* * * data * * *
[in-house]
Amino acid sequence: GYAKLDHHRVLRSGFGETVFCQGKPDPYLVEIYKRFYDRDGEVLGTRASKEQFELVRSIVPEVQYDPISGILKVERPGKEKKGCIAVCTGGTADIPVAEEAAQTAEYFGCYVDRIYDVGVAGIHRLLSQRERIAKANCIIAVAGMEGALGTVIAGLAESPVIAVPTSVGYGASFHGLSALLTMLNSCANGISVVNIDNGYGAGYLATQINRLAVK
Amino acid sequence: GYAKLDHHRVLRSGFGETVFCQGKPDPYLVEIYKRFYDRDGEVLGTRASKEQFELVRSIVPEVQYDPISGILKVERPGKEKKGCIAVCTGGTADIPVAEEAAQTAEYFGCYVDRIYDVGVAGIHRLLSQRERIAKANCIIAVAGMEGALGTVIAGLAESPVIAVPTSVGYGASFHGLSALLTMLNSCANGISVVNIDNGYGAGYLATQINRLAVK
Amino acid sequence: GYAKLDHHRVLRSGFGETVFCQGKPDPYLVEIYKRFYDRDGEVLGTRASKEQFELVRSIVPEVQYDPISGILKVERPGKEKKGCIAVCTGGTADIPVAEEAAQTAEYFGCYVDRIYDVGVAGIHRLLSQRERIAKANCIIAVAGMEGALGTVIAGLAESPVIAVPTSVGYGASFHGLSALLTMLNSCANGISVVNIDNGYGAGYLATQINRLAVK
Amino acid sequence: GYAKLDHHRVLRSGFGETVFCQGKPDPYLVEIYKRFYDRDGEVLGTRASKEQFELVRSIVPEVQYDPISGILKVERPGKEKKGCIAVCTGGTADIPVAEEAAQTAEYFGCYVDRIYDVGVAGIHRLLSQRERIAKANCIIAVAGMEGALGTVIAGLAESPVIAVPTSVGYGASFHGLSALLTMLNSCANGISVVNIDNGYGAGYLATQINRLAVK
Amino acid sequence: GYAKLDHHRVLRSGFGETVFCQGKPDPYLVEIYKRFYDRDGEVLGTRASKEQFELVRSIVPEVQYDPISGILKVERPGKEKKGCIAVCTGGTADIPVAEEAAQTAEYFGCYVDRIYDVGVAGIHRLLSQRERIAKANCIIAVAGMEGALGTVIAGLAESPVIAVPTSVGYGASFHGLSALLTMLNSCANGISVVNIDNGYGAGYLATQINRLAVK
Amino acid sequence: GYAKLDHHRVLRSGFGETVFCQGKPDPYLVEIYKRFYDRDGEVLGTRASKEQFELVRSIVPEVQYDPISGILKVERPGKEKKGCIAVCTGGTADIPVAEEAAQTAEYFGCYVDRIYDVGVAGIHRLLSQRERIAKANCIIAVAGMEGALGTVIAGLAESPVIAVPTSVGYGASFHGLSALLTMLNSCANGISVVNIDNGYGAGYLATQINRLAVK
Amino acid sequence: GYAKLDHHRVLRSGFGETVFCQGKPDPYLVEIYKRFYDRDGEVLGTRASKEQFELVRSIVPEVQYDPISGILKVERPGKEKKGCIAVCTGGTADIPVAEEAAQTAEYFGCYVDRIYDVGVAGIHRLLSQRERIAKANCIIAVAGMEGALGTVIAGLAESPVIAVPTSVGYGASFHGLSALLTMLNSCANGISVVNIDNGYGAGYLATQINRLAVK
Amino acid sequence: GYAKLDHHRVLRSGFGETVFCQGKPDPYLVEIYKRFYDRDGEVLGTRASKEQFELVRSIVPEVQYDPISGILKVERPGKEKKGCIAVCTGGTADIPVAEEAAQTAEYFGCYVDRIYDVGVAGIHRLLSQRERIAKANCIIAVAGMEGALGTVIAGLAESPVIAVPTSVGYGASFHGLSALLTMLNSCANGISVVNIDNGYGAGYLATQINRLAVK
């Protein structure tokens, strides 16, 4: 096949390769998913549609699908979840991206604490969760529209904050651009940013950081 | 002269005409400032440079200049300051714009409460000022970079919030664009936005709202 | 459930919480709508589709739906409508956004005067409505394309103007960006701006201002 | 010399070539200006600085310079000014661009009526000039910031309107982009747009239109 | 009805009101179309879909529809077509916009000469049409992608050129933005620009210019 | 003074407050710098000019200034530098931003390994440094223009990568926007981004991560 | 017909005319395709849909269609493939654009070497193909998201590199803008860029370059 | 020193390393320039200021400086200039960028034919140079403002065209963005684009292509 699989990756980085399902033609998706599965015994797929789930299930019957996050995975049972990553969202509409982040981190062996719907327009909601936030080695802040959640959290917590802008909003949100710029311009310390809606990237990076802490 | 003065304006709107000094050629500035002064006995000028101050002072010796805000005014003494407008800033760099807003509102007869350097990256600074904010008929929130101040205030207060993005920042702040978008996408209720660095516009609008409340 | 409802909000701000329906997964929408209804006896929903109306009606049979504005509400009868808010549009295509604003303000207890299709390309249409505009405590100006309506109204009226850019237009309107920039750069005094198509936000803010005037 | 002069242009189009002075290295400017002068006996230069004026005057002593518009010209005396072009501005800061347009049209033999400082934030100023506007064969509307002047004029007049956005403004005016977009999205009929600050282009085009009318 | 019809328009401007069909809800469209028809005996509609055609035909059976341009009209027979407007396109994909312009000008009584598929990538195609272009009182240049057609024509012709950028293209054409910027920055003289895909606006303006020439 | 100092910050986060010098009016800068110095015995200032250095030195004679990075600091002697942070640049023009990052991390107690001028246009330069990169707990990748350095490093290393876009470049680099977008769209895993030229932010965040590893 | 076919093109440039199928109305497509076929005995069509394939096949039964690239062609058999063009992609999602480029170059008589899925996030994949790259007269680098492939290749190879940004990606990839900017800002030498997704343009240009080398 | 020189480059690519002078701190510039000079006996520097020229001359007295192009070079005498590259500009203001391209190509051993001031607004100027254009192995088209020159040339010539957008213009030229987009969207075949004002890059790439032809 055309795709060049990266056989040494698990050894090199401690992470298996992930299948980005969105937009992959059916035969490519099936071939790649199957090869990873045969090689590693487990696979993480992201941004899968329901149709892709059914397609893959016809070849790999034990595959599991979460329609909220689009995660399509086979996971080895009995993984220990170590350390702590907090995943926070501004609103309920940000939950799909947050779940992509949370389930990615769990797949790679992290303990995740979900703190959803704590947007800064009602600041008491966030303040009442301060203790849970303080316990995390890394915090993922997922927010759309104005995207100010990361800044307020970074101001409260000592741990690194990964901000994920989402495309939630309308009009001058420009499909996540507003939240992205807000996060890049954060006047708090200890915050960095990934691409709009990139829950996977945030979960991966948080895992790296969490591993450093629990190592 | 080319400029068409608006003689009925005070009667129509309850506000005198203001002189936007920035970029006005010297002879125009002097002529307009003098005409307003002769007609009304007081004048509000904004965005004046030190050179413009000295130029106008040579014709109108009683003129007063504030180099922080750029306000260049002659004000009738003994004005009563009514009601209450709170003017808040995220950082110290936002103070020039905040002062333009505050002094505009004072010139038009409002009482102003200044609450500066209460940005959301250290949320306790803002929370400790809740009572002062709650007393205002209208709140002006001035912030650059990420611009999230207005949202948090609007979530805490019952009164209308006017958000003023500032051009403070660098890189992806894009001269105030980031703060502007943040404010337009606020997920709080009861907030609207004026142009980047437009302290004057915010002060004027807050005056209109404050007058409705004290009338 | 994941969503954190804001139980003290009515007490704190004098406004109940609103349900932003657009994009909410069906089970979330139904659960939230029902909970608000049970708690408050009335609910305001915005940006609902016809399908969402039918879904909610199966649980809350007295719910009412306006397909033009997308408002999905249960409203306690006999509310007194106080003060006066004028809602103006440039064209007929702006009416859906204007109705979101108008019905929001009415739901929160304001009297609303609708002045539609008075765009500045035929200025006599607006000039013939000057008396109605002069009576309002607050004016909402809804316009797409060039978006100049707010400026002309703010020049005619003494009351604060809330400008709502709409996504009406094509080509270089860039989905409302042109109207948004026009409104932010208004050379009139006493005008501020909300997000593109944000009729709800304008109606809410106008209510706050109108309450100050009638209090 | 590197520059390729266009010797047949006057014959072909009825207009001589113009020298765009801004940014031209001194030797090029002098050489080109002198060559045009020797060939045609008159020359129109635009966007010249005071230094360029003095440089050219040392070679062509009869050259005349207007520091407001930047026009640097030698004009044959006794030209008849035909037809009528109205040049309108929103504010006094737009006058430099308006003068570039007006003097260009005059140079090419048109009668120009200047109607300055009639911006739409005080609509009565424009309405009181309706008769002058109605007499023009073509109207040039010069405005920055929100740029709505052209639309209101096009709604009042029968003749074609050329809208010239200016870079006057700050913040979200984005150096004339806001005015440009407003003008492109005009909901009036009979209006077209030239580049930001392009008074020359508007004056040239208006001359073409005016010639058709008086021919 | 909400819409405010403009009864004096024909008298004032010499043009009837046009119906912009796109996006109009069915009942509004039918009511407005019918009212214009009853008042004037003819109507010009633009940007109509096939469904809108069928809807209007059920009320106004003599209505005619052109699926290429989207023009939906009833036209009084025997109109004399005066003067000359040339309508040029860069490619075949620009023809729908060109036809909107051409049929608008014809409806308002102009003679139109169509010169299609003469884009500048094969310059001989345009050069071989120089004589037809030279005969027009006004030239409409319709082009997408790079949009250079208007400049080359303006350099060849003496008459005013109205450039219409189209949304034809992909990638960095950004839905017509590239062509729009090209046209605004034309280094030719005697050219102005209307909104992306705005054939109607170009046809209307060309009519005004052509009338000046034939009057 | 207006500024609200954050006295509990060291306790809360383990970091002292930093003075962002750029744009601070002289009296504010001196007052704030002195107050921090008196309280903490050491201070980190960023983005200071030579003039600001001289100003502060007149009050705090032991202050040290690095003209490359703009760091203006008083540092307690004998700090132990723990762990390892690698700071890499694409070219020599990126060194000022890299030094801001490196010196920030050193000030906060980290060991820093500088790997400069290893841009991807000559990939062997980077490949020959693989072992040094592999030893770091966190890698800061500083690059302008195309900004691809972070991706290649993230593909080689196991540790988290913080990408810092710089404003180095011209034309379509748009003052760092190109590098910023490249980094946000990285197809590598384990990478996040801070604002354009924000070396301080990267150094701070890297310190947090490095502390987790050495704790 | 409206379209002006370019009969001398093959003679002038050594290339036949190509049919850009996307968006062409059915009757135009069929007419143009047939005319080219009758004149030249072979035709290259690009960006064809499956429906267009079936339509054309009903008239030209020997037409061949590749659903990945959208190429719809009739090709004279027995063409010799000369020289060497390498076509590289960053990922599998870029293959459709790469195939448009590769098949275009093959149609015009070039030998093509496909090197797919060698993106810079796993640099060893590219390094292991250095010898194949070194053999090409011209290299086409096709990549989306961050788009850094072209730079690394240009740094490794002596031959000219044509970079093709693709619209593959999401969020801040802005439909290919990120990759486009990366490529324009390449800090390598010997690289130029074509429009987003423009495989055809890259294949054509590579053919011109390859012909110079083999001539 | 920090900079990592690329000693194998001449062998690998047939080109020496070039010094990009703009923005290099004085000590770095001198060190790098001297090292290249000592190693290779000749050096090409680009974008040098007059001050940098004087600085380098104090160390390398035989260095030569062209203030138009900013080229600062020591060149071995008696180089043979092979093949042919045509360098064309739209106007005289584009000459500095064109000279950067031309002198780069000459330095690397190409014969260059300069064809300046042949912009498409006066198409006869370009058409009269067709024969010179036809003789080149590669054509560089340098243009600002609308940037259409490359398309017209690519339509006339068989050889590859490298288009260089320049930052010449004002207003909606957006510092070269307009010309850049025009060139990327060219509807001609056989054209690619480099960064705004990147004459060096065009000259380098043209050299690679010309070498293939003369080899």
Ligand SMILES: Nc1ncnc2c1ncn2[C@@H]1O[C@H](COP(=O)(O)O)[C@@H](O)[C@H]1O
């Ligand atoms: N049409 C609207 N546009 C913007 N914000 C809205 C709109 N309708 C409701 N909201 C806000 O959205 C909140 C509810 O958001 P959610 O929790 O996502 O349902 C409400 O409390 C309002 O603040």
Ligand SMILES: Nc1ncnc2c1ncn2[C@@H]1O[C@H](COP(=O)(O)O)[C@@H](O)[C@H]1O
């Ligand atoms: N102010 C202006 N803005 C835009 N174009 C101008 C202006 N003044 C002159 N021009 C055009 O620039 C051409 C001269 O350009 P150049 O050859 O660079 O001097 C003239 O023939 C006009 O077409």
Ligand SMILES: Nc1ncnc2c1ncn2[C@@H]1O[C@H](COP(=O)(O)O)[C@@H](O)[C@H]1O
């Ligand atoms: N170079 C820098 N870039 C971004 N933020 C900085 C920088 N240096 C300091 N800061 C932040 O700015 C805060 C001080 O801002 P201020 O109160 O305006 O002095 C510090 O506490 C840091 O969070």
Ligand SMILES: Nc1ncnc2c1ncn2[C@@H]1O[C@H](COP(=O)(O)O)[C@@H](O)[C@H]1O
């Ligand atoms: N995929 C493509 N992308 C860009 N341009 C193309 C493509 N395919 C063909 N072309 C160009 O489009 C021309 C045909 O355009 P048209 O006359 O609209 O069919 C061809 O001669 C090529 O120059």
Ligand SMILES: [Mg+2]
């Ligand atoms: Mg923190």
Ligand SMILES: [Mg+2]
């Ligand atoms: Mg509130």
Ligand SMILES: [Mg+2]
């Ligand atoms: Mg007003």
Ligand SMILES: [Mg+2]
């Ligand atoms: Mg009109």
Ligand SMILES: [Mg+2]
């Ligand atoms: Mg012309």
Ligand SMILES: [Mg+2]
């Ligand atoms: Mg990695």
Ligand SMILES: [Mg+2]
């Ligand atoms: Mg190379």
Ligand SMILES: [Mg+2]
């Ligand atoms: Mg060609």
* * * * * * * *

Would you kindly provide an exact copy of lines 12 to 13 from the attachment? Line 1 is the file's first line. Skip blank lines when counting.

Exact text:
């Ligand atoms: N049409 C609207 N546009 C913007 N914000 C809205 C709109 N309708 C409701 N909201 C806000 O959205 C909140 C509810 O958001 P959610 O929790 O996502 O349902 C409400 O409390 C309002 O603040």
Ligand SMILES: Nc1ncnc2c1ncn2[C@@H]1O[C@H](COP(=O)(O)O)[C@@H](O)[C@H]1O